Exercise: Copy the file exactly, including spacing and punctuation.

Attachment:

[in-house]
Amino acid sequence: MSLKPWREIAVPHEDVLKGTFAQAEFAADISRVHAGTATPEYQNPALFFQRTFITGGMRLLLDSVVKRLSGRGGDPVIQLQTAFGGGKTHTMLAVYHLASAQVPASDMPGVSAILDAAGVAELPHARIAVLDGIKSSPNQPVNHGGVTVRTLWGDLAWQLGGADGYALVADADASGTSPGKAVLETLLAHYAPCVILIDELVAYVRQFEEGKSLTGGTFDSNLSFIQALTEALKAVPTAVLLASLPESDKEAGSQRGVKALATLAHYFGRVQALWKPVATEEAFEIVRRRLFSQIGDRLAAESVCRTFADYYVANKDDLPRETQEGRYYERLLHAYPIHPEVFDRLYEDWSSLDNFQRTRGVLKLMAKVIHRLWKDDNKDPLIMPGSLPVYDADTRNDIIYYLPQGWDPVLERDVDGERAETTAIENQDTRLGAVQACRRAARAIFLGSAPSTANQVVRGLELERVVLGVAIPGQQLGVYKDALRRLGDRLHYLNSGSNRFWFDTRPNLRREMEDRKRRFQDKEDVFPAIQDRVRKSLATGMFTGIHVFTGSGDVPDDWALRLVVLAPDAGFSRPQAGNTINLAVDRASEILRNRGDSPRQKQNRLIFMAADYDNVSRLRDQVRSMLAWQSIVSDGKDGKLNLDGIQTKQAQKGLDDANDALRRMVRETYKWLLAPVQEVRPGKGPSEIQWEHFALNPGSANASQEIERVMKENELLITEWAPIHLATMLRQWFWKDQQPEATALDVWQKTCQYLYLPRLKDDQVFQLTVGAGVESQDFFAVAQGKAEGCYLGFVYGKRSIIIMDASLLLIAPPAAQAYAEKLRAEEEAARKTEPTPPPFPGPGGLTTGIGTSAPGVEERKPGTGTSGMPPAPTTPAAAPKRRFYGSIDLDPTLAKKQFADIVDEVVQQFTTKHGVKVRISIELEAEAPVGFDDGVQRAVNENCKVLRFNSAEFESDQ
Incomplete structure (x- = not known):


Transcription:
[in-house]
Amino acid sequence: MSLKPWREIAVPHEDVLKGTFAQAEFAADISRVHAGTATPEYQNPALFFQRTFITGGMRLLLDSVVKRLSGRGGDPVIQLQTAFGGGKTHTMLAVYHLASAQVPASDMPGVSAILDAAGVAELPHARIAVLDGIKSSPNQPVNHGGVTVRTLWGDLAWQLGGADGYALVADADASGTSPGKAVLETLLAHYAPCVILIDELVAYVRQFEEGKSLTGGTFDSNLSFIQALTEALKAVPTAVLLASLPESDKEAGSQRGVKALATLAHYFGRVQALWKPVATEEAFEIVRRRLFSQIGDRLAAESVCRTFADYYVANKDDLPRETQEGRYYERLLHAYPIHPEVFDRLYEDWSSLDNFQRTRGVLKLMAKVIHRLWKDDNKDPLIMPGSLPVYDADTRNDIIYYLPQGWDPVLERDVDGERAETTAIENQDTRLGAVQACRRAARAIFLGSAPSTANQVVRGLELERVVLGVAIPGQQLGVYKDALRRLGDRLHYLNSGSNRFWFDTRPNLRREMEDRKRRFQDKEDVFPAIQDRVRKSLATGMFTGIHVFTGSGDVPDDWALRLVVLAPDAGFSRPQAGNTINLAVDRASEILRNRGDSPRQKQNRLIFMAADYDNVSRLRDQVRSMLAWQSIVSDGKDGKLNLDGIQTKQAQKGLDDANDALRRMVRETYKWLLAPVQEVRPGKGPSEIQWEHFALNPGSANASQEIERVMKENELLITEWAPIHLATMLRQWFWKDQQPEATALDVWQKTCQYLYLPRLKDDQVFQLTVGAGVESQDFFAVAQGKAEGCYLGFVYGKRSIIIMDASLLLIAPPAAQAYAEKLRAEEEAARKTEPTPPPFPGPGGLTTGIGTSAPGVEERKPGTGTSGMPPAPTTPAAAPKRRFYGSIDLDPTLAKKQFADIVDEVVQQFTTKHGVKVRISIELEAEAPVGFDDGVQRAVNENCKVLRFNSAEFESDQ
Incomplete structure (x- = not known):